The rest of the trail went well and at the end of the day I received a very nice compliment from the guy who thought I would “need a strap up”. “Every time I looked back, you just kept coming. By the end of the day all I could say is… that girl can drive!” So although 3D is not a difficult trail, it IS a difficult trail for a stock WJ on 31’s running street pressure in the tires and, I ROCKED THAT TRAIL!
I am very proud of how well she did, and wished I could have seen it, but on Sunday I was busy leading my own trail, Metal Masher. I was quite nervous about how the CJ would perform, for as I said last week, it seemed to be running well, but only had a minimal amount of testing done. Gene Day, who I’ve worked with often, and really enjoy, was my tail-gunner in his beautiful red CJ-7. In addition to Gene and my CJs, we had three other CJs with us on the trail; five CJs out of 15 vehicles is pretty rare these days. The day started off well, but after not too long I was told over the CB that a large gap had developed in our group and that the last several Jeeps were nowhere to be seen. I stopped at the optional obstacle, Rock Chucker, to wait for everyone to catch up.
After waiting well over an hour, Gene finally caught up. His starter had gotten stuck on which necessitated the removal of the starter, this made it so that he had to be push started to get running again. Unfortunately, his steering wheel also became locked in position at this point, and they had to disassemble his steering column to remove the lock cylinder allowing his steering wheel to move freely again. By time those who wanted to made it up and over Rock Chucker, it was already after 12:30, much later than normal.
Next up was Mirror Gulch, a long series of slickrock ledges culminating in the last steep climb called, “Misty’s Thumb” (Named after my wife from when she injured her hand in a rollover a couple years ago on that obstacle.) Misty’s Thumb has been a difficult obstacle for me over the years, I’m really not sure why as it’s not all that difficult; but I’ve broken the output shaft on my transfer case, blew up a hub, and while riding with a friend was in a roll over there. Unfortunately, this year was to be no different; while coming up the last ledge my driver side tire got wedged under a rock and I ended up breaking my front driveshaft off at the axle side yoke. Yes, that would be the driveshaft I just had rebuilt; but looking at it closer, it had just split along the weld seam, no big deal. Luckily I have a twin stick transfer case, so I was able to disengage my front axle while leaving my rear axle in low range.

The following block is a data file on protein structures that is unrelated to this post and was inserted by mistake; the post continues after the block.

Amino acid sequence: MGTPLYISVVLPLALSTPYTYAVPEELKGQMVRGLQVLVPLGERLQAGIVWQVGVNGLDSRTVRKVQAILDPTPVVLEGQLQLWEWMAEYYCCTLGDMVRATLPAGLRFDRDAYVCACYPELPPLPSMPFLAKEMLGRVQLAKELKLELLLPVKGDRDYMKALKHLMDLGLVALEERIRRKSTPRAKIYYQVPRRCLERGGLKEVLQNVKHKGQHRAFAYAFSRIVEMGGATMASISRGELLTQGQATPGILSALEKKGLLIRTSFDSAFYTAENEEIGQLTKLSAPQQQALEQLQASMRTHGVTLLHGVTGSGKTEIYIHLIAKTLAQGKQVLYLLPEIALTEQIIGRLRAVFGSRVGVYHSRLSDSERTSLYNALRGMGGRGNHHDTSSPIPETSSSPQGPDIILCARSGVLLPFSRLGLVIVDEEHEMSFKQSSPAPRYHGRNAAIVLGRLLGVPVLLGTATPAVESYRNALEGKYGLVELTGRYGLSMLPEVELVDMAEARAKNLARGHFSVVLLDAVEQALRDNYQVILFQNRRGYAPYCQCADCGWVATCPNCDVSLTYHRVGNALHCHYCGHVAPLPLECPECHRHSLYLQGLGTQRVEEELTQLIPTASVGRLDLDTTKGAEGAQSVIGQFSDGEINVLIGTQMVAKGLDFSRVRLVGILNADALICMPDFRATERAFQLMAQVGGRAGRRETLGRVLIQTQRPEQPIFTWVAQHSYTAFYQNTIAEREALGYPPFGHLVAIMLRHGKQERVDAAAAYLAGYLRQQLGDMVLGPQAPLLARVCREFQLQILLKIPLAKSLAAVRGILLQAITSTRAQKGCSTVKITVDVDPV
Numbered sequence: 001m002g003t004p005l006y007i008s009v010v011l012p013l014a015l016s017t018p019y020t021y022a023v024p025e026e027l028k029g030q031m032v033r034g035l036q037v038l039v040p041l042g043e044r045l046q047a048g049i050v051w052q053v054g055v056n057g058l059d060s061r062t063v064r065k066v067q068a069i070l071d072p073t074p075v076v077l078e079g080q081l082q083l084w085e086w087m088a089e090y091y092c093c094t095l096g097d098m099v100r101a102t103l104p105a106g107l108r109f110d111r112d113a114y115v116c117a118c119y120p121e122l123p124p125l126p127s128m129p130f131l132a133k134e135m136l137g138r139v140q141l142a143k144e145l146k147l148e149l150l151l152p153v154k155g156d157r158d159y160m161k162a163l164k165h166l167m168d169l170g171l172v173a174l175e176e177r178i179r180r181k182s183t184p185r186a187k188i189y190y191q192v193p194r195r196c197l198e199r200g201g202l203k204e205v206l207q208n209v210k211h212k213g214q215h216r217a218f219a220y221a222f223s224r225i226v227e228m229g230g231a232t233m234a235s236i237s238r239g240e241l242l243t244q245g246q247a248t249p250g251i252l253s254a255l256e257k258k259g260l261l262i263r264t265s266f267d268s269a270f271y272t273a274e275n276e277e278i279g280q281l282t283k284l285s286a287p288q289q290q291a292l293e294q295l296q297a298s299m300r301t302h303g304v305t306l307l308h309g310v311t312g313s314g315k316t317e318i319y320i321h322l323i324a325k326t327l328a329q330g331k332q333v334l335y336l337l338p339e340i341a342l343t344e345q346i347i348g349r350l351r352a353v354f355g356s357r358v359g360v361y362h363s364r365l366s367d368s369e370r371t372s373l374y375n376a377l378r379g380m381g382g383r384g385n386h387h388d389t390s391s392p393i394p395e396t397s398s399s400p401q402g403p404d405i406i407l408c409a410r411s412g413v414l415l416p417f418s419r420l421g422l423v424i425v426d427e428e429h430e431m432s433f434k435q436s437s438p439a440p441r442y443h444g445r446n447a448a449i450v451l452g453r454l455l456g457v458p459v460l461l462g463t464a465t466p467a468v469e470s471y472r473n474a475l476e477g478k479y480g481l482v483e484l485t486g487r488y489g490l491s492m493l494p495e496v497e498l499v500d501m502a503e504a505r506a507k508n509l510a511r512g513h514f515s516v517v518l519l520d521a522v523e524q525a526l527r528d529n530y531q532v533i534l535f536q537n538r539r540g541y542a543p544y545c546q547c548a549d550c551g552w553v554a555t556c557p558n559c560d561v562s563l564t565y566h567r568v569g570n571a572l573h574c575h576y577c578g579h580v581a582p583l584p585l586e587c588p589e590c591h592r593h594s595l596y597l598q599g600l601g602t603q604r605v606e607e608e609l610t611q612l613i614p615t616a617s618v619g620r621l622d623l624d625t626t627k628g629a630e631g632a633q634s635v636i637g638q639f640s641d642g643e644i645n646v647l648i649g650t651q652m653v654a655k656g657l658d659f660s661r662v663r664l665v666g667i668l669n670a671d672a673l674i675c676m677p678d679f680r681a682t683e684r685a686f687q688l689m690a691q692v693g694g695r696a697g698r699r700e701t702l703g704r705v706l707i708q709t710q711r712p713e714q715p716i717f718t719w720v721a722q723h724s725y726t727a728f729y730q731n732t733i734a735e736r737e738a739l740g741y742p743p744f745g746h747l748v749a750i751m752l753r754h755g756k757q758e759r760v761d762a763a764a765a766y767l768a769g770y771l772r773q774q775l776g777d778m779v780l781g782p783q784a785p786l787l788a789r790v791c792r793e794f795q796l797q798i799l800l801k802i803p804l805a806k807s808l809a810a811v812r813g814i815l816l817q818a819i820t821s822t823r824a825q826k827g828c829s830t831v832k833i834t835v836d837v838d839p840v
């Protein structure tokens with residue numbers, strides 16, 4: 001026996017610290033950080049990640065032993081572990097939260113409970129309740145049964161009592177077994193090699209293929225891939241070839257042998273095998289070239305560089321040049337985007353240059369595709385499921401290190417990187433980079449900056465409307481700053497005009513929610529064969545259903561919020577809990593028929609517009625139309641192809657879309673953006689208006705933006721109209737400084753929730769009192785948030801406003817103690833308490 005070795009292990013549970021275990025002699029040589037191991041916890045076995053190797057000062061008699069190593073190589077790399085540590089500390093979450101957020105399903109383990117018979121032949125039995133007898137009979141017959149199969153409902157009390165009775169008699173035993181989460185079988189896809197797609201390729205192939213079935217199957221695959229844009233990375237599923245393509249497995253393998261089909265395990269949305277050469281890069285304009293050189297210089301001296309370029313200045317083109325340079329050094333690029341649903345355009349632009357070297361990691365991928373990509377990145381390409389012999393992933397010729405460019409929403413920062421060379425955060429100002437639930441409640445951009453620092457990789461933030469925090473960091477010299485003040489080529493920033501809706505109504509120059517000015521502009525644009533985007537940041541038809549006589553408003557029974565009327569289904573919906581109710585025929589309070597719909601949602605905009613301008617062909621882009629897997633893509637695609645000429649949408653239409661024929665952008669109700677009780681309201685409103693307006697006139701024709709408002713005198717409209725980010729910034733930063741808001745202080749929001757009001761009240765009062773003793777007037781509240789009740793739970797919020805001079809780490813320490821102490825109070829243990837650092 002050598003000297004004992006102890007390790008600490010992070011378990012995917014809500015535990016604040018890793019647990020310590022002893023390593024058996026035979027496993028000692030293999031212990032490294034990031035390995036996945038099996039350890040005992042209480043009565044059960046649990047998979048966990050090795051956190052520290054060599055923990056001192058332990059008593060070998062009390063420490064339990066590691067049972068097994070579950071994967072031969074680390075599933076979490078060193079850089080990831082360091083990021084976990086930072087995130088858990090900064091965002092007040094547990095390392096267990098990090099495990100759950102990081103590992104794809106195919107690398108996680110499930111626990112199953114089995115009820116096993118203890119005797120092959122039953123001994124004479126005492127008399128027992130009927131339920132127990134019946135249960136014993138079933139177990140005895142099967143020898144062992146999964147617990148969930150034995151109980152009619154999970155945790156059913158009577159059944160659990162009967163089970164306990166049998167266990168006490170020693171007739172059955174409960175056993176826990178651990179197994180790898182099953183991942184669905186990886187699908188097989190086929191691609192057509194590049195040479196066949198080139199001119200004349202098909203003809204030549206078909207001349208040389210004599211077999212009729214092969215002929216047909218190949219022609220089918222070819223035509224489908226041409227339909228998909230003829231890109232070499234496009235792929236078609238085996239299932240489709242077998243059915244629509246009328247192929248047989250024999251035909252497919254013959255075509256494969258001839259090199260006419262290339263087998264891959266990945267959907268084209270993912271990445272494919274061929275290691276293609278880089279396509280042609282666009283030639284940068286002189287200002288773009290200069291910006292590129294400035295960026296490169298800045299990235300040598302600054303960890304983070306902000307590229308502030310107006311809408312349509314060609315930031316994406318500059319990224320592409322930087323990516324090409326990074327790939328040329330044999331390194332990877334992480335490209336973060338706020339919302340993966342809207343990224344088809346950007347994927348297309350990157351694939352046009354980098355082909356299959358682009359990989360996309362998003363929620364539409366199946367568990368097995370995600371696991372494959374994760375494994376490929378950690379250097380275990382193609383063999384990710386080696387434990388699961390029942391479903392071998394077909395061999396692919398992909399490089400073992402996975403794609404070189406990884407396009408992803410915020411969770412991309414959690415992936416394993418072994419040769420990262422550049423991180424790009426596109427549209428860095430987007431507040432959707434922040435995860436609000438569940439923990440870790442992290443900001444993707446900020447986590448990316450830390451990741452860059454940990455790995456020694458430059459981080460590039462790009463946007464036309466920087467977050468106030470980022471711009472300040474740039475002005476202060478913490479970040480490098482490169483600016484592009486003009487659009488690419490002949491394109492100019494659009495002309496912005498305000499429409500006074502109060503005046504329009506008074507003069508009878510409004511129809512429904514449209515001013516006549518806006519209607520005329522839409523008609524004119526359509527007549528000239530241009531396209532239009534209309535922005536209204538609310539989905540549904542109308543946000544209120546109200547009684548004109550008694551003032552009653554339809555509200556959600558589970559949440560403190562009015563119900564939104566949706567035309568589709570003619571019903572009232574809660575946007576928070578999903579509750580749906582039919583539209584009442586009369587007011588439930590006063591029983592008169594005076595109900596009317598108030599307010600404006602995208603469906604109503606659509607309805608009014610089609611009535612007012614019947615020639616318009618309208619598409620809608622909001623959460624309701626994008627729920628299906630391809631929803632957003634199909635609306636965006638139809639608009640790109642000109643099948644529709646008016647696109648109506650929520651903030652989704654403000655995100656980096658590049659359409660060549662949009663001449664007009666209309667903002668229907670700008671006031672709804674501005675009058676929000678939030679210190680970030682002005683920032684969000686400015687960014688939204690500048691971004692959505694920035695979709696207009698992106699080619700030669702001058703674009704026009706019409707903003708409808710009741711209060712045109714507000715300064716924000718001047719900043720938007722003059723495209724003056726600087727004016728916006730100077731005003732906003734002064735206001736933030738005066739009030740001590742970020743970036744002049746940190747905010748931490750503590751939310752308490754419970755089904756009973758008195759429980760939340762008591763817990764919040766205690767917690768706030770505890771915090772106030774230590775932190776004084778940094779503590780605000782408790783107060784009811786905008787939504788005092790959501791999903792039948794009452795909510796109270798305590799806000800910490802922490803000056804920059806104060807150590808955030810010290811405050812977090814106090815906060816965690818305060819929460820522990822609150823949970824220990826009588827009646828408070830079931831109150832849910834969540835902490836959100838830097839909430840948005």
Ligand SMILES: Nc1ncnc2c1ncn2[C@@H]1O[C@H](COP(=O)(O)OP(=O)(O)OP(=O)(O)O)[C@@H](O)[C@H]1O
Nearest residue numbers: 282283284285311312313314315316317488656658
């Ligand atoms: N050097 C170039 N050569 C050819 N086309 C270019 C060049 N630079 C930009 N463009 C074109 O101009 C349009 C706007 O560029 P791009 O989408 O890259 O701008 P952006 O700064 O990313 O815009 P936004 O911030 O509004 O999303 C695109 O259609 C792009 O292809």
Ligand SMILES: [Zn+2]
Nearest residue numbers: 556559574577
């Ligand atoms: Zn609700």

By time everyone made it up Mirror Gulch and Misty’s Thumb, it was approaching 2:30; and with both officials now broken and limping off the trail, we made the executive decision to cut the trail short and take the shortcut out before the Widowmaker turn off. Playing into our decision was the fact that that night we had a group dinner at the campground starting at 6, followed by a door prize raffle at 7. Even cutting off the last section of the trail, I barely made it back home by 5:30.
Even though I broke on the trail, I still consider the day a great success! After months of trying, and much frustration, I think my Jeep is finally running the way it’s supposed to, as it didn’t sputter, die or hesitate all day. Steve Nantz and his crew at the Moab 4×4 Outpost re-welded, and sleeved the end of my driveshaft, and it’s now stronger than ever!
With my Jeep broken, Misty and I decided not to do Fins & Things as we were scheduled to; we could’ve taken Misty’s Grand Cherokee, but decided not to put the extra wear and tear on her vehicle as that’s a pretty difficult trail for her mostly stock Jeep.
Misty and I have now been working on the Labor Day Committee for the last three years, during that time it’s gone through a lot of changes, and it really has become a great event, one which we really enjoyed being a part of. Hopefully, in the future it will only get bigger and better!
If you want to read a general overview of the Labor Day Campout, check out my blog from last year: http://wp.me/p1Pz5Q-10
And here’s the write up of last year’s Labor Day Campout: http://wp.me/p1Pz5Q-1c